Yes. There are certain medical conditions in which the enamel or hard outer covering of the tooth fails to form properly (like ameliogenisis imperfecta) but fortunately, these are relatively rare.
What is more common is a complex relationship between genetics, diet, and oral heath that determines how easily you get decay.
Lets start today with genetics. Your genetics will determine things like the thickness of enamel (the protective shell) , tooth shape, and position, saliva flow and composition, the ability to buffer acid, and the shape of your jaw.
Lets see how each of these makes a difference:
Enamel thickness and hardness
Decay happens when naturally occurring bacteria in the mouth feed on sugars and starches to produce acid. This acid eats away at the enamel, eroding it until a hole or ‘cavity’ is made in the tooth. If the enamel is thicker or more acid resistant, then it will take more time for the acid to penetrate the soft inner part of the tooth known as dentin.
One of the ways to make enamel stronger or more acid resistant, is through the use of fluoride. If fluoride is available when the tooth is developing in the jaw, the body will naturally incorporate it into the tooth making it more acid resistant. Calcium absorption (and vitamin D) is important too. On the other hand, certain drugs or a high fever can cause interference with enamel development, weakening the tooth before it has even erupted.
Genetics will also influence how you teeth are shaped . In general, the smoother the teeth, the more self cleansing they are and the less likely they are to decay. Decay likes to start in the hard to reach areas like deep grooves or between the teeth. Often, teeth with deep grooves will have areas that are unprotected by enamel. That’s why you can even get decay starting before a tooth has erupted. Bacteria loves tiny crevices where it can grow undisturbed.
(Sealants and small fillings work by covering areas that don’t have enough enamel and making a smother, easier to clean surface)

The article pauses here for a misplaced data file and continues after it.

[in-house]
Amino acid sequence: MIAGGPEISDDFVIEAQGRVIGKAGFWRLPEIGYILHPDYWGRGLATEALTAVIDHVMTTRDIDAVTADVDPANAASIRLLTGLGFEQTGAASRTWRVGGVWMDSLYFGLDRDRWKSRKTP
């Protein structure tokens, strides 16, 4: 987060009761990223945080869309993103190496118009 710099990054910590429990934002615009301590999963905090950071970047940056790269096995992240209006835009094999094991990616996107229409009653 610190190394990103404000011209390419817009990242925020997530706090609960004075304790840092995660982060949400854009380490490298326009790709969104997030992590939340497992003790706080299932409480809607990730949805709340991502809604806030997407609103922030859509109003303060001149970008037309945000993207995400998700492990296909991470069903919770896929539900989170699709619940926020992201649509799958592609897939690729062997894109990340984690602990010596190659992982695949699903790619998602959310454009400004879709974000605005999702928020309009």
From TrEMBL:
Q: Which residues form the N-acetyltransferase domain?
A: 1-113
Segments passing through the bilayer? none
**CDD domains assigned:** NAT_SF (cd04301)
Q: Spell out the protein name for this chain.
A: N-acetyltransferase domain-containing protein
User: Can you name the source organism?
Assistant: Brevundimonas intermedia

Straight teeth tend to get less decay because they are easier to clean and catch less food.
The tongue, cheeks, and saliva work as a tiny tooth washing machine all day long. In the night, salivary flow decreases so teeth have less protection against bacteria growth. Saliva has enzymes for breaking down sugars, antibodies to attack bacteria, and most importantly, buffers which counteract the effects of acid. The consistency and amount of saliva will depend on genetics but also on things like diet, hormone levels (pregnacy), medications, age, and hydration.
Crowded teeth, acid reflux, sleep apnea and other breathing problems
It may seem strange to put these together, but they can be linked. If the airway is blocked by large tonsils or adenoids, then the body will switch from nose breathing to mouth breathing. Often this is most noticeable at night because the tissues and become more flacid (soft and floppy). But in more severe cases, the mouth will be held slightly open all day. For adults this means the tongue and saliva have a hard time keeping the teeth bathed in protective saliva and so we can see an increase in cavities. In some cases, when the airway is very obstructed, pressure builds up in the diaphragm and this pressure can cause some of the acid in the stomach to leak out into the esophagus (throat) and then into the mouth, creating an acid bath for the teeth. Grinding and clenching are often seen in people with sleep airway issues. Grinding helps open up the airway. (More on grinding when we talk about jaw shape)
Acid reflux during the day can also result in a particular pattern of tooth decay. Pregnancy, diet, medications and genetics can increase your susceptibility to acid reflux.
Children will overly large adenoids and tonsils will tend to have narrow palates (upper jaws and wider lower jaws) . The is because part of the tongues job is to balance the forces created by the cheeks. The cheeks and lips push the teeth inward and the tongue, an incredibly strong muscle, pushes the teeth outward. With out the tongue to push outwards, the upper jaw becomes narrow or pinched and the sinus cavity above it fails to develop fully either. It is truly amazing to see how the removal of adenoids in these children allows the teeth and jaw to spontaneously correct itself. So, if you are worried about airway issues with your child , please let us know.
Jaw shape (Grinding and Clenching)
Its estimated that about 90 percent of people will grind their teeth at one time or another. We’ve seen earlier that airway can affect grinding habits. Stress is an important component and we often see an increase in teen patients reporting jaw pain right around exam time. But for some people, grinding is just a natural every day function of the central nervous system (and this is probably genetic). Grinding causes wear to the teeth, so that the enamel is thinned (like a lathe or sander running back and forth). Clenching causes tiny cracks in the enamel like a rock chip in your windshield. Some of these chips are harmless, but others propagate and damage the structure of the tooth, creating tiny entry points for bacteria to enter inside. The shape of your jaw can also determine how much leverage or force you can put on your teeth. So, square jaws tend to generate heavier forces then tapered jaws.
The good news is that once we identify the reason for tooth decay, together then we can start to eliminate those reasons and that’s when prevention is its most effective.
Braeside Dental Centre